This is the same model as mentioned for the Canadians above. The Leopard 1 is the mainstay of the West German Panzer units, so it’s an important model to have in the collection. Likely, it will feature heavily in a West German Army of 1983.
By Marc Michaud (sheptr)
This is fine vehicle set on a modified Leopard 1 chassis. It is a pair of 30mm antiaircraft weapons with a radar. It’s used to defend against helicopters and low flying attack aircraft.
Marder APC (and Roland AAGM Carrier)
By Franz Schaupp (hushhushrat)
The West Germans did use the M113 in some of their units (and I’d recommend the m_bergman collection for those), but they had many units equipped with the Marder APC too. It’s based, like the Gepard, on the Leopard 1 chassis, giving it superior mobility and protection.
This collection includes quite a few versions of the Marder, including a very useful Roland AAGM Carrier.
Luchs & Fuchs
The Luchs and the Fuchs are armored reconnaissance vehicles that were unique to the West German Army. They were unnervingly quiet from the front, and could sneak up on you (yes, I say this because it happened to me in 1987 in a forest near Fulda). Both are great to have in a West German Army force for Battlegroup NorthAG.
Scaling For 1:144 Scale Vehicles
It’s important to note that the models listed above are not made for 1:144 scale, ready to print right away. You’ll have to scale them slightly to get them to the right size. Take note of the scale that the creator says the model is when you download it. Then, once downloaded, load into your slicer (I use ChiTuBox) and scale the model to make it 1:144 scale.
|Original Model Scale||Factor to Scale To Get to 1:144|
I like to scale the model, then add supports and slice it, then save it for future use. Then, it’s ready to go any time I need it (no need to reslice it if it worked before).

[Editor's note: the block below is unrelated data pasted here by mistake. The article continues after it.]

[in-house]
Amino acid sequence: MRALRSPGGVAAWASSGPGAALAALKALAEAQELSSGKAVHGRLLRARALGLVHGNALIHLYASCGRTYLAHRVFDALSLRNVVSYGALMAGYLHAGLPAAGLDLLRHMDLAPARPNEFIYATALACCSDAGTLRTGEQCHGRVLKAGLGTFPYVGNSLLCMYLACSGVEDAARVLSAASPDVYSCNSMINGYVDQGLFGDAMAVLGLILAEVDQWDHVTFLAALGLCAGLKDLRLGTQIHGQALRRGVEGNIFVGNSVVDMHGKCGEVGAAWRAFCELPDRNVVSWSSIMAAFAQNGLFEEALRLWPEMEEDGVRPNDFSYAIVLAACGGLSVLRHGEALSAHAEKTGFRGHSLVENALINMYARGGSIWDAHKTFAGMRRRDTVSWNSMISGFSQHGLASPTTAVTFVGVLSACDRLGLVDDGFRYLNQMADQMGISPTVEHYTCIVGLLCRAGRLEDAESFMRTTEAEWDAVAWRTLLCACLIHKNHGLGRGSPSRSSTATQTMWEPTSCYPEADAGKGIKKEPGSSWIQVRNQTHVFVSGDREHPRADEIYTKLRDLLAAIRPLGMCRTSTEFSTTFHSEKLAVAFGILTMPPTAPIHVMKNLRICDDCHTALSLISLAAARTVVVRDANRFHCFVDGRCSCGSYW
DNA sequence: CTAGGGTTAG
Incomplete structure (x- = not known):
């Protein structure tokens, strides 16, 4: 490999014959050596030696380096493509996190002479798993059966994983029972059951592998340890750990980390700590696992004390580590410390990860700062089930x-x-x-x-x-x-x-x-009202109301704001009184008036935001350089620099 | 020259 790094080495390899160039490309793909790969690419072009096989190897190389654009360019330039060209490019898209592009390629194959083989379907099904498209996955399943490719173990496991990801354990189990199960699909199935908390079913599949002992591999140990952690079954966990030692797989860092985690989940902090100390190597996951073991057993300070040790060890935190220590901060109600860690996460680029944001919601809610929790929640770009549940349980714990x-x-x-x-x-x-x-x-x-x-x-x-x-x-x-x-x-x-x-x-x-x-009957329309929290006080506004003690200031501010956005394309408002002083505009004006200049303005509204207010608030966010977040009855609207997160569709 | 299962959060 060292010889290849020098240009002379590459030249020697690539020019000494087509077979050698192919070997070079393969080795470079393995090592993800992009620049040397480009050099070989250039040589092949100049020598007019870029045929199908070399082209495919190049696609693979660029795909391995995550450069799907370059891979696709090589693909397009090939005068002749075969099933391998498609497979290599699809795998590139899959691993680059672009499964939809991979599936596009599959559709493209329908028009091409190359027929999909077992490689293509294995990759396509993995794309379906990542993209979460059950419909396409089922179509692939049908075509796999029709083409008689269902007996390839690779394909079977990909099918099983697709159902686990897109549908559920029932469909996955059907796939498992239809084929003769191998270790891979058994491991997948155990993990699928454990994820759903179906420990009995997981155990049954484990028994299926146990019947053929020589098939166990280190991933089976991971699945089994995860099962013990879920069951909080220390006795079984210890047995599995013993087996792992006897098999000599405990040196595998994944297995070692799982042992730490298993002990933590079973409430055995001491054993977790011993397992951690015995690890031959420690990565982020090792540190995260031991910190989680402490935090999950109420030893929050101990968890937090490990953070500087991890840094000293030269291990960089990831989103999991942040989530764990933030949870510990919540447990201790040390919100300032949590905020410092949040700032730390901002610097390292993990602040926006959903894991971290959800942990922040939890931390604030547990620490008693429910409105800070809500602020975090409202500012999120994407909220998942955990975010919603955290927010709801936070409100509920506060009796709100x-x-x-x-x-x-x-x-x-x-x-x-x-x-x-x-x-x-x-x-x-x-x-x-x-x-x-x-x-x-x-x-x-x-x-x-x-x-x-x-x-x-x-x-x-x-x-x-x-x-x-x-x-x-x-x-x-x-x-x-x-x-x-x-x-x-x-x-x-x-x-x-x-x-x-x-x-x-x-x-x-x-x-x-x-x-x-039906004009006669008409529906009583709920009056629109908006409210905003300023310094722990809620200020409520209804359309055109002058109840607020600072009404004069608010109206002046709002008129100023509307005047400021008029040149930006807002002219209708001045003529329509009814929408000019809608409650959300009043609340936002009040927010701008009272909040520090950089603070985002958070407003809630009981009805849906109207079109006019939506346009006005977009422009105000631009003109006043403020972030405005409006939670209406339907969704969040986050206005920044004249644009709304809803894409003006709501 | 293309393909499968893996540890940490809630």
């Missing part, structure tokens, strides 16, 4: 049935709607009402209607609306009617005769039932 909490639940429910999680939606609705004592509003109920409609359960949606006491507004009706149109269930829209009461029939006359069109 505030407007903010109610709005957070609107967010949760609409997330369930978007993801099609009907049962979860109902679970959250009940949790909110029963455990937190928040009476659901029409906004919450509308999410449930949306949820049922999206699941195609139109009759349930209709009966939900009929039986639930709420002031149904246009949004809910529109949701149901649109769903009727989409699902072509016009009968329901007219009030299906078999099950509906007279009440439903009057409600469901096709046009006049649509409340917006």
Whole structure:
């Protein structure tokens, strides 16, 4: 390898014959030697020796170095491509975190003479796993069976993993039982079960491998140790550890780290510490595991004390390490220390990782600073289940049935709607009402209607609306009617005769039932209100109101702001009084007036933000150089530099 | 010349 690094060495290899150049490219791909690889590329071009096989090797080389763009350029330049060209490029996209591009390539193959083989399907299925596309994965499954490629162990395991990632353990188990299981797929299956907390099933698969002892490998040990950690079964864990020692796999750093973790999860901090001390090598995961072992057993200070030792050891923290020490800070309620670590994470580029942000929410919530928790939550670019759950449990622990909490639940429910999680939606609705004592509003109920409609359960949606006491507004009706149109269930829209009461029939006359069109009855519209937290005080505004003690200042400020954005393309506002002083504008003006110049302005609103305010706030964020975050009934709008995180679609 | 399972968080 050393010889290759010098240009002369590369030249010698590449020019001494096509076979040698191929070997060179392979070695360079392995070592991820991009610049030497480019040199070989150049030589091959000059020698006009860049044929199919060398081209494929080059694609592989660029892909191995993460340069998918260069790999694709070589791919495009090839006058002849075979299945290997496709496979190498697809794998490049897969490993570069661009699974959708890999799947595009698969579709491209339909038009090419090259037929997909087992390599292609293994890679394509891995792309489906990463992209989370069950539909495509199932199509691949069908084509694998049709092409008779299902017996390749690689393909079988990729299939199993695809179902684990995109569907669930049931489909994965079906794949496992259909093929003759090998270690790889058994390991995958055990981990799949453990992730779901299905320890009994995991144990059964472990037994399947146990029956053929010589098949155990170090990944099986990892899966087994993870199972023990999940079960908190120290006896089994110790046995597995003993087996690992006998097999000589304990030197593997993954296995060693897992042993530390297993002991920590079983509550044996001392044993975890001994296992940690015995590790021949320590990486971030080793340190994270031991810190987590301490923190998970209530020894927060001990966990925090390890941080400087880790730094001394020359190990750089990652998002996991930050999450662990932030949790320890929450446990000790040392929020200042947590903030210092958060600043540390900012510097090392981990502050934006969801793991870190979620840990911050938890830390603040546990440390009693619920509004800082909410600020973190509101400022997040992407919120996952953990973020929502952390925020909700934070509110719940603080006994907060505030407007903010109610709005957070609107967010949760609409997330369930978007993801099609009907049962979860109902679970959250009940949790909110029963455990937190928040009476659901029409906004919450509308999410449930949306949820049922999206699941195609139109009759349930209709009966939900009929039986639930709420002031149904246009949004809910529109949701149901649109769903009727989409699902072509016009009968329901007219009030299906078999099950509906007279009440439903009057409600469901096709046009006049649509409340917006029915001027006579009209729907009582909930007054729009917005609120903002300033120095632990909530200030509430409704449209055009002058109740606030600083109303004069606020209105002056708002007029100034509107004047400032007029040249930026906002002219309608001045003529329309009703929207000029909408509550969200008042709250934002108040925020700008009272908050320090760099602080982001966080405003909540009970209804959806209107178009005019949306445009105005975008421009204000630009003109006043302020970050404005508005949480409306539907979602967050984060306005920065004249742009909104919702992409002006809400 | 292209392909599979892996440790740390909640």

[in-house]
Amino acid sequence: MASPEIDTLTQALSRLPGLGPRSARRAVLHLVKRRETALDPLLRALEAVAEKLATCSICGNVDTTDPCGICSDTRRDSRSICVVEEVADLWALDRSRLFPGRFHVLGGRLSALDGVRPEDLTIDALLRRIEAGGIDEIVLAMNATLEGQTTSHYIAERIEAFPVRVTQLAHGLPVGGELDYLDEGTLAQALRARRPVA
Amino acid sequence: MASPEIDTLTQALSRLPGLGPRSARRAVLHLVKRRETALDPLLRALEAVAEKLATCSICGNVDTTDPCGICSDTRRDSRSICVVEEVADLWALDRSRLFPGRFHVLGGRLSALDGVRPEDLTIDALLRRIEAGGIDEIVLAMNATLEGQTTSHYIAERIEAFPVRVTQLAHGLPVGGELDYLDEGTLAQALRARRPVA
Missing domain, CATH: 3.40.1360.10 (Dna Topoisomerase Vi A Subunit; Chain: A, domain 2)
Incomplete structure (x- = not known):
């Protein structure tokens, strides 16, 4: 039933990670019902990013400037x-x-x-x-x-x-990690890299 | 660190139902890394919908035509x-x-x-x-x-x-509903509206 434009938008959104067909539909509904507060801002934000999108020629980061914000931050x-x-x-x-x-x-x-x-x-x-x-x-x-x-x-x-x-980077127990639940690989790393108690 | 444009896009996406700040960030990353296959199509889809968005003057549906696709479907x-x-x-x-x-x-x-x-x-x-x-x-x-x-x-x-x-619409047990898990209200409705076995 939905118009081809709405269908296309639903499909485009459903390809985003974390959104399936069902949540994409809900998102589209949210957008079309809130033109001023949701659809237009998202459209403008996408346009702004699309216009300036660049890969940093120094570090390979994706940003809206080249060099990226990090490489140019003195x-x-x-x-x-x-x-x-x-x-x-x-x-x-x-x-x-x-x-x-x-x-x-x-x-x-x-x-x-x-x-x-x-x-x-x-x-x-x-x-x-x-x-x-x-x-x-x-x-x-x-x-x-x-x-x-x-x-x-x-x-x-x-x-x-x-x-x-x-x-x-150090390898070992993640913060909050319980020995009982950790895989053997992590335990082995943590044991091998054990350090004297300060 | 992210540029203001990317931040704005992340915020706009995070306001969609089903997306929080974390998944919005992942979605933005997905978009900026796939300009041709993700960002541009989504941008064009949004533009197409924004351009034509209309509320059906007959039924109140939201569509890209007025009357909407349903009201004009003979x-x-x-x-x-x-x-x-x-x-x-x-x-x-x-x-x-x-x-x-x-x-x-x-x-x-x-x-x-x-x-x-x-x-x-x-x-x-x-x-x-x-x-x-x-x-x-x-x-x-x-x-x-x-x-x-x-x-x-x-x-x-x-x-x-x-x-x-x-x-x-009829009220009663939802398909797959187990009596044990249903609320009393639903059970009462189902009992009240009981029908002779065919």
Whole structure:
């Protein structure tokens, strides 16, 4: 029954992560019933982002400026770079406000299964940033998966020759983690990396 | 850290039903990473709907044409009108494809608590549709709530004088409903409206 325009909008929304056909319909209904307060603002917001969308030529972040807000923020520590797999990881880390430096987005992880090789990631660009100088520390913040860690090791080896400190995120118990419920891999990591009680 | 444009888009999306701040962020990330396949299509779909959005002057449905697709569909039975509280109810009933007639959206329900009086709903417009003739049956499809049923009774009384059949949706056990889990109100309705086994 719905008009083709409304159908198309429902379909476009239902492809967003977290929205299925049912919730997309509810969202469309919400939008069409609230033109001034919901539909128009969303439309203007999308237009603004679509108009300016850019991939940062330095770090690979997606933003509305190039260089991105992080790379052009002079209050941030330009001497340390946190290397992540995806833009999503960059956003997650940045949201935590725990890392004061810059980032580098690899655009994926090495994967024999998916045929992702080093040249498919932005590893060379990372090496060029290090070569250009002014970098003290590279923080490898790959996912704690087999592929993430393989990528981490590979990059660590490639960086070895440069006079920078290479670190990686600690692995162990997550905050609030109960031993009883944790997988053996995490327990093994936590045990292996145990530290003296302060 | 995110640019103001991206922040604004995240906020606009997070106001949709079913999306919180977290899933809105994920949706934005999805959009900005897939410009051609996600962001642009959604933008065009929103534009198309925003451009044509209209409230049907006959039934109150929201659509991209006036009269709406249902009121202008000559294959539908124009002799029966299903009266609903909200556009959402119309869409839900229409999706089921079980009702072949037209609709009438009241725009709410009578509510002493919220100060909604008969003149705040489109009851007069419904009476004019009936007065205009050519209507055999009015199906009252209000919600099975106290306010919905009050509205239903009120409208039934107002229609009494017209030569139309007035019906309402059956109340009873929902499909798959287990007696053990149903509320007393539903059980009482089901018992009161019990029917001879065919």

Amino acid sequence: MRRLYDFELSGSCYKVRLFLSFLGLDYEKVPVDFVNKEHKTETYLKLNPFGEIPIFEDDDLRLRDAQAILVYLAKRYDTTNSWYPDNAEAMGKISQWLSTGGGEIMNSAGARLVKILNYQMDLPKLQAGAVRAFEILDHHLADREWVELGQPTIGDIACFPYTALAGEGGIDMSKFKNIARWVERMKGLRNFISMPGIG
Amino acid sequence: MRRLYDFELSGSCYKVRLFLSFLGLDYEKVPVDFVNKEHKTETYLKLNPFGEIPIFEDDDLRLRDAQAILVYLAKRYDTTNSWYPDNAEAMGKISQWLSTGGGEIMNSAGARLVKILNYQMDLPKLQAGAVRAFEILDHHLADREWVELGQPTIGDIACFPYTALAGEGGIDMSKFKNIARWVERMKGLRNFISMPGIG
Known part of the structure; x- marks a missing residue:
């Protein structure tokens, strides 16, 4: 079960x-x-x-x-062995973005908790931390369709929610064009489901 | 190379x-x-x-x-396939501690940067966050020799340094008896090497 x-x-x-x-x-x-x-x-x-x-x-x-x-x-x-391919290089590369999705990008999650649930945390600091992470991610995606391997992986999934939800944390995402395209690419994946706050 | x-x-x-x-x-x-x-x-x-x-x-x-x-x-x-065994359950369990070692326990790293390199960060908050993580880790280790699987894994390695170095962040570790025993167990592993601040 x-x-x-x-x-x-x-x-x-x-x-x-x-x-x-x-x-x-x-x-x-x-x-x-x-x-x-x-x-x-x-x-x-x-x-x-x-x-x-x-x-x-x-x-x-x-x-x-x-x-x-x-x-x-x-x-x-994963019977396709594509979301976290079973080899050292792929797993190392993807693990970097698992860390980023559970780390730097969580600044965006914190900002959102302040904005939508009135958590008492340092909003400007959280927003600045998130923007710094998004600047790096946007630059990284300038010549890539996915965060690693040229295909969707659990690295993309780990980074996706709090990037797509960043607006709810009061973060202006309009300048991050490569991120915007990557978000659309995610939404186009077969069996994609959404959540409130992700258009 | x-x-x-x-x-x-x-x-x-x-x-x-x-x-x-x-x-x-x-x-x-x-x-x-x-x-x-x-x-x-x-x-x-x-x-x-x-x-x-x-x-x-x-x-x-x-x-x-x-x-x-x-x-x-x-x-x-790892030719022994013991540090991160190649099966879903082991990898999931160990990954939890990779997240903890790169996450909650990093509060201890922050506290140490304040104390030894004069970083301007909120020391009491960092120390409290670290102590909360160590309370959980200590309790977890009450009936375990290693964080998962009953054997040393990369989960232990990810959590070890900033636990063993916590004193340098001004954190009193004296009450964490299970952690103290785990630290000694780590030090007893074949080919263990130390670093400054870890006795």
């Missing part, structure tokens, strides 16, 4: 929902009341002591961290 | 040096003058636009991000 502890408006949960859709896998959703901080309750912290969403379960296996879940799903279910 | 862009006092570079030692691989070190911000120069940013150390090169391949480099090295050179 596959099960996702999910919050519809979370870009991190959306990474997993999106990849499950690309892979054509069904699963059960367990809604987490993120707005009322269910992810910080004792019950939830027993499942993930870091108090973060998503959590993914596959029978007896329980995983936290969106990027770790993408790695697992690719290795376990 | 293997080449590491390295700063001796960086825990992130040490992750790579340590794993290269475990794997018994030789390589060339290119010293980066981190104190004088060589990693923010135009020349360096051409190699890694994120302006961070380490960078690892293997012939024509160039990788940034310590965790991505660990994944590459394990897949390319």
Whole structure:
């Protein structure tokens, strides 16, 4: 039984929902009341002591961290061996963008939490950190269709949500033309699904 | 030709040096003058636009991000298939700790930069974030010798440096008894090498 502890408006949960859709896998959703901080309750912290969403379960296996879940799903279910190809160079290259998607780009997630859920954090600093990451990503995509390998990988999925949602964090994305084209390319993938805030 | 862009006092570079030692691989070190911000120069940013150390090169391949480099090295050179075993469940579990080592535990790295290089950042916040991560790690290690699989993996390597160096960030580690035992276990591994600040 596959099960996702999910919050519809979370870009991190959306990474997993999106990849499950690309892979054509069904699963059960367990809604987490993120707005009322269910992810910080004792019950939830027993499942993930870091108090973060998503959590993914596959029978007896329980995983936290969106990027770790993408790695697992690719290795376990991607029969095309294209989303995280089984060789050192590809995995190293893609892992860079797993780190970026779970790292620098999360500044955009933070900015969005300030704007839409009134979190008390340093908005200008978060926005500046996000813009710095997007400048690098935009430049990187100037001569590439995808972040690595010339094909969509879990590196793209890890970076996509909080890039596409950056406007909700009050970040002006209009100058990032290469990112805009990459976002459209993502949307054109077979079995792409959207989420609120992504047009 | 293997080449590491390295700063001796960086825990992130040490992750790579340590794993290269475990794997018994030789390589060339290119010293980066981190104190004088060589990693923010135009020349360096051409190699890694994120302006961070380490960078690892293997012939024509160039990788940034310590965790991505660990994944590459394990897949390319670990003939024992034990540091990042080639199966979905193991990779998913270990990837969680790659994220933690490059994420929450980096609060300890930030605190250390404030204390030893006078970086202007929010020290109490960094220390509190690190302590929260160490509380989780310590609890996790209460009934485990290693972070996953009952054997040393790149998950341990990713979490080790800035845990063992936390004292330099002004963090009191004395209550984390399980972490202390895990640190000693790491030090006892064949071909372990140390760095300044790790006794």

Best of luck in your games, and thanks to Plastic Soldier Company for bringing out a really nice game. Battlefront NorthAG may be new, but it’s already one of my favorites!
Battlegroup NorthAG Website: https://www.battlegroupnorthag.com/
What is the difference between 10mm scale and 1:144 scale?
Any scale listed as a millimeter (or mm scale, like 10mm or 15mm) is a subjective scale. It means that, if a figure of a person were standing upright, the base of the foot to the level of the eye is that number of millimeters. So a figure that’s 15mm from base of foot to eye level is considered a 15mm figure. Why the eye? Because it removes the problem of how tall a person’s hat is!
A scale listed as a ratio (like 1:100 or 1:144) is a true scale. You can take a measure in real life and scale it down to the size of the model. For example, with a 1:100 scale model, one meter in real life is one hundredth of a meter (or one centimeter) on the model. We tend not to do this with people, as people are all different heights and sizes (but interestingly, model people all tend to be the same size!)
So 10mm is roughly the same as 1:144 scale, but 10mm is a subjective scale and 1:144 is a true scale.
What millimeter scales correspond to what true scales?
|Millimeter Scale||True Scale|
|6mm||1:300 or 1:285|
|10mm||1:150 or 1:144|
|20mm||1:76 or 1:72|